Production art for Ensemble Theatre of Cleveland’s “Alabama Story.”

Alabama Story will make its Ohio premiere by opening the 39th season of Ensemble Theatre, the ambitious indie company in Cleveland Heights known for its commitment to modern classics — like both parts of Angels in America earlier this year — plus adaptations and new works. The Sept. 7-30, 2018, run of Kenneth Jones’ censorship-minded Southern-set drama coincides with the annual Banned Books Week in libraries across the nation. Associate artistic director Tyler Whidden directs the production. Rehearsals began Aug. 7.

Anne McEvoy will play persecuted librarian Emily Reed.

Inspired by true events, Alabama Story  charts the tale of Alabama state librarian Emily Wheelock Reed, who was persecuted for protecting a children’s picture book that depicts the marriage of a white rabbit and a black rabbit. This year marks the 60th anniversary of the publication of Garth Williams’ “The Rabbits’ Wedding.” The events of the play take place in 1959 in Montgomery and other parts of Alabama and the South, in what the playwright calls “the Deep South of the imagination.” (Ohio local angle, for those keeping score: Emily Reed attended Ohio Wesleyan for several semesters but left after the death of her father; she later earned degrees from Indiana University and the University of Michigan.)

The cast features Adrienne Jones as Lily Whitfield; Craig Joseph as Garth Williams; Anne McEvoy as Emily Reed; Joseph Milan as Senator Higgins; Cody Kilpatrick Steele as Thomas Franklin; and Eugene Sumlin as Joshua Moore.

Eugene Sumlin will play Joshua Moore in the play’s parallel love story.

Here’s how Ensemble Theatre bills Alabama Story: “A gentle children’s book with an apparent hidden message — a black rabbit marries a white rabbit! — stirs the passions of a segregationist State Senator and a no-nonsense State Librarian in 1959 Montgomery, Alabama, just as the civil rights movement is flowering. Another story of childhood friends — an African-American man and a white woman, reunited in adulthood in Montgomery that same year — provides private counterpoint to the public events of the play.”

By spring 2019, Alabama Story will have been produced in at least 21 cities around the country since its 2015 world premiere by Pioneer Theatre Company in Salt Lake City. Producers, artistic directors and literary staff may request a perusal copy here.

Joseph Milan will play saber-rattling Senator Higgins, who wages war on racial integration — and librarianship.

“I wrote Alabama Story several years before our current political moment, but the characters, ideas and themes that surface in the play seem more alive than ever,” playwright Kenneth Jones said in statement. “It’s a story of censorship, saber-rattling politicians, persecuted women, Southerners dismissing national opinions, naked racism, threatened civil rights, attacks on the free flow of information. It’s also a love story, a political thriller and, at times, a comedy. Really. The play is set in 1959, and it seems to me that everything old is new again. Inspired by true events, I ended up writing a play about how we treat each other in times of social crisis. I’m excited that Alabama Story is getting its Ohio premiere by Ensemble Theatre in a time when conversations about the quality of American character are so highly charged.”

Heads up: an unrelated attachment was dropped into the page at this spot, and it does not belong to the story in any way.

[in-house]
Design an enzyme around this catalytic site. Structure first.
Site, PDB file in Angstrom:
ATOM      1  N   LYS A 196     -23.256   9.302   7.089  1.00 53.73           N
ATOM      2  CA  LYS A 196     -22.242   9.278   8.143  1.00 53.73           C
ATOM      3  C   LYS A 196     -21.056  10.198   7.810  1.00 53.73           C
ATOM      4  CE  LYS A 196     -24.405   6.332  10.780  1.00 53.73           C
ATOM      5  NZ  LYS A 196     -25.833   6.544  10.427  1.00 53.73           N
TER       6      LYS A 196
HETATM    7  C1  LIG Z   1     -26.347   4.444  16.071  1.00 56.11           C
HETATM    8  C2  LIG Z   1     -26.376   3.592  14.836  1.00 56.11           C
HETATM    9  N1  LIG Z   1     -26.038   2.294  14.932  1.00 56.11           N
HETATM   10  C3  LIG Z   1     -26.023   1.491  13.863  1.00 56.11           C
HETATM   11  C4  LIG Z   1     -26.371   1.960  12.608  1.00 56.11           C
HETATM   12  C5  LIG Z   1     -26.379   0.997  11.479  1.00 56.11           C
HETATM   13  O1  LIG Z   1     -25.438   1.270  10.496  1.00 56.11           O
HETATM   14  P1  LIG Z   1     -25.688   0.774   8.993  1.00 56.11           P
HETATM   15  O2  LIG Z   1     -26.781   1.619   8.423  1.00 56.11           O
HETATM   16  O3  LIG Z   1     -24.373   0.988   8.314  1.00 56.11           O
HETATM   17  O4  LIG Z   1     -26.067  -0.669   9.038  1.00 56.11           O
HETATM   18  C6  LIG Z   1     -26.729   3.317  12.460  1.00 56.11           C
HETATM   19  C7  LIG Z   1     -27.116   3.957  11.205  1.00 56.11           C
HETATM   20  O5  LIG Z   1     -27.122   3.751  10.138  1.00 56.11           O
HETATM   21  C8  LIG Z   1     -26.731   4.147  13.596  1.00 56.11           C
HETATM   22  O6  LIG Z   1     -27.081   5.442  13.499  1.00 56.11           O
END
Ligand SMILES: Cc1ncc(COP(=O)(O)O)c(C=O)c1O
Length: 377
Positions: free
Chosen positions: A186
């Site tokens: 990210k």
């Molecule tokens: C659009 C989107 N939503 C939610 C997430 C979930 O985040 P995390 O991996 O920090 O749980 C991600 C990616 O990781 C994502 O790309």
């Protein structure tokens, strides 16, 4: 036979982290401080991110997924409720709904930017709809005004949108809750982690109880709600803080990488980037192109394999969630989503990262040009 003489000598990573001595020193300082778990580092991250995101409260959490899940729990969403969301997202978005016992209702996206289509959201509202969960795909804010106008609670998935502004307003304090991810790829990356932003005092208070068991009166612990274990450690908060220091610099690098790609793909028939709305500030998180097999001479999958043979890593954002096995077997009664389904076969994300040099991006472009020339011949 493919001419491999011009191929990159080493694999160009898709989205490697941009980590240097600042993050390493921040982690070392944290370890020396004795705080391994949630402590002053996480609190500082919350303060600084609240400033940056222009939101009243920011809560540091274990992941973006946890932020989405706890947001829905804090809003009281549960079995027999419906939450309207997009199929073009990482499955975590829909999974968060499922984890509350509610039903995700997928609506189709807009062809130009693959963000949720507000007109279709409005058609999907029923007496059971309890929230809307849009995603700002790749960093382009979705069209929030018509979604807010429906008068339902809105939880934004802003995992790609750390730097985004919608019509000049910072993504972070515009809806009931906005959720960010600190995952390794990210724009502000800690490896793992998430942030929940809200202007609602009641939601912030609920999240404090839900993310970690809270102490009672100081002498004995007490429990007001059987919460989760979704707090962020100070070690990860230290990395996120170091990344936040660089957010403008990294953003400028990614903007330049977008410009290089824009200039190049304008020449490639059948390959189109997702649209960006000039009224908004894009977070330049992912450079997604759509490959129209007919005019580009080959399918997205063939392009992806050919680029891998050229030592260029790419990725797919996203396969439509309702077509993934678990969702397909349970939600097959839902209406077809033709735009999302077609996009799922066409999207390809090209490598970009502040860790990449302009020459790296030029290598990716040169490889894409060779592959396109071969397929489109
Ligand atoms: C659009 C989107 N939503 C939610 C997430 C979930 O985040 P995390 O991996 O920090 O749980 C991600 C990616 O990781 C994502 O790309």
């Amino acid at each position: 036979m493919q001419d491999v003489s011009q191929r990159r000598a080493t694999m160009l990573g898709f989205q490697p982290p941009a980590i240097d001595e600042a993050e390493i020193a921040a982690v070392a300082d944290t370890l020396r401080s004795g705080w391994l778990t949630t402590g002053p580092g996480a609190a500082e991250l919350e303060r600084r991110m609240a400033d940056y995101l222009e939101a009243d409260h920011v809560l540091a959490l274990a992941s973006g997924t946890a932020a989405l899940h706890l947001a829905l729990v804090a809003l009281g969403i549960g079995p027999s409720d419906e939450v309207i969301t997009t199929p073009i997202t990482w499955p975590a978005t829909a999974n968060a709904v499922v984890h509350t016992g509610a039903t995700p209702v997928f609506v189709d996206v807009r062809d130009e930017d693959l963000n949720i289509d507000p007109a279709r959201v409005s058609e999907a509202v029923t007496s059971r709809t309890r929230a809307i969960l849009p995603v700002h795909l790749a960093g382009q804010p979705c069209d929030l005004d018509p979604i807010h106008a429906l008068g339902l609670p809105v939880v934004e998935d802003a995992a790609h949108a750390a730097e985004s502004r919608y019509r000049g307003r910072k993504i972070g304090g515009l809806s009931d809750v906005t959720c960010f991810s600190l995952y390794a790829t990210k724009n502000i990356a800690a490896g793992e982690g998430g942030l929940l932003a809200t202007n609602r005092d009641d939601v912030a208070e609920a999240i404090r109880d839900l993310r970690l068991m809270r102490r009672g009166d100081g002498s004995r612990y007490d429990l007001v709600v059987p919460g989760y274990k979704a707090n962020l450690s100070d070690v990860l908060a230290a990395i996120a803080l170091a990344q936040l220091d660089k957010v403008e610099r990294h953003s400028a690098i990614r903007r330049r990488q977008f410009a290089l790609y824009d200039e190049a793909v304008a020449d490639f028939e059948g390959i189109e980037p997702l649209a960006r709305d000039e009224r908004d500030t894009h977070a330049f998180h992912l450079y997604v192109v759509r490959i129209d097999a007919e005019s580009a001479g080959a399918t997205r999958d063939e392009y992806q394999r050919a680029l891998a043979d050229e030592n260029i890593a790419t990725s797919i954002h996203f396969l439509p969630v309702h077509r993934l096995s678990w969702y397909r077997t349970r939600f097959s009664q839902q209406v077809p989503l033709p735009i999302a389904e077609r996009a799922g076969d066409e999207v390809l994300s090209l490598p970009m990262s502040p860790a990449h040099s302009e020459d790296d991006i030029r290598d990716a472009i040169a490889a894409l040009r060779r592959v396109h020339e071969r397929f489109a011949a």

Craig Joseph plays children’s book author/illustrator Garth Williams, and other characters in “the Deep South of the imagination.”

An Austin, TX, production of Alabama Story played July 2018. A production at Repertory Theatre of St. Louis plays January 2019,  launching a season that marks the 60th anniversary of the play’s events.

The 2018 Banned Books Week, the American Library Association’s national celebration of the freedom to read, takes place Sept. 23-29.

The production team of Alabama Story includes Walter Boswell (set design), Meg Parish (costume design), Ian Hinz (sound and lighting design), Becca Moseley (production stage manager), Janna M. Haywood (assistant director), August Scarpelli (technical director).


The 2018-19 Ensemble Theatre season also features Frank Galati’s adaptation of East of Eden; a world premiere adaptation of Jules Verne’s Around the World in Eighty Days by Shahrazad Theatre Company in association with Ensemble Theatre; Lorraine Hansberry’s A Raisin in the Sun; Eugene O’Neill’s A Moon for the Misbegotten; Quiara Alegria Hudes’ Water By the Spoonful; and the world premiere of David Hansen’s The Way I Danced With You as part of the 2019 Colombi New Plays Festival, which also includes 10-minute plays and staged readings of new works.

Adrienne Jones is Lily Whitfield, who reunites with childhood friend Joshua in a time of social and personal upheaval.

Ensemble Theatre offers a Mainstage series and Playground series and is “dedicated to the responsible production of works that celebrate the human spirit drawn from the rich canon of modern American classics as well as other significant contemporary plays. …Reintroducing the classics, examining them with new eyes, and supporting the development of new works for the American theater.” Celeste Cosentino is executive artistic director.

Ensemble Theatre’s 2018-2019 season will take place in Coventry Village on the Coventry P.E.A.C.E. Campus, 2843 Washington Blvd, in Cleveland Heights. Ensemble Theatre shares a campus with the Coventry Village branch of the Cleveland Heights-University Heights Public Library.

Single tickets (all general admission) are $12-$29 and are now on sale.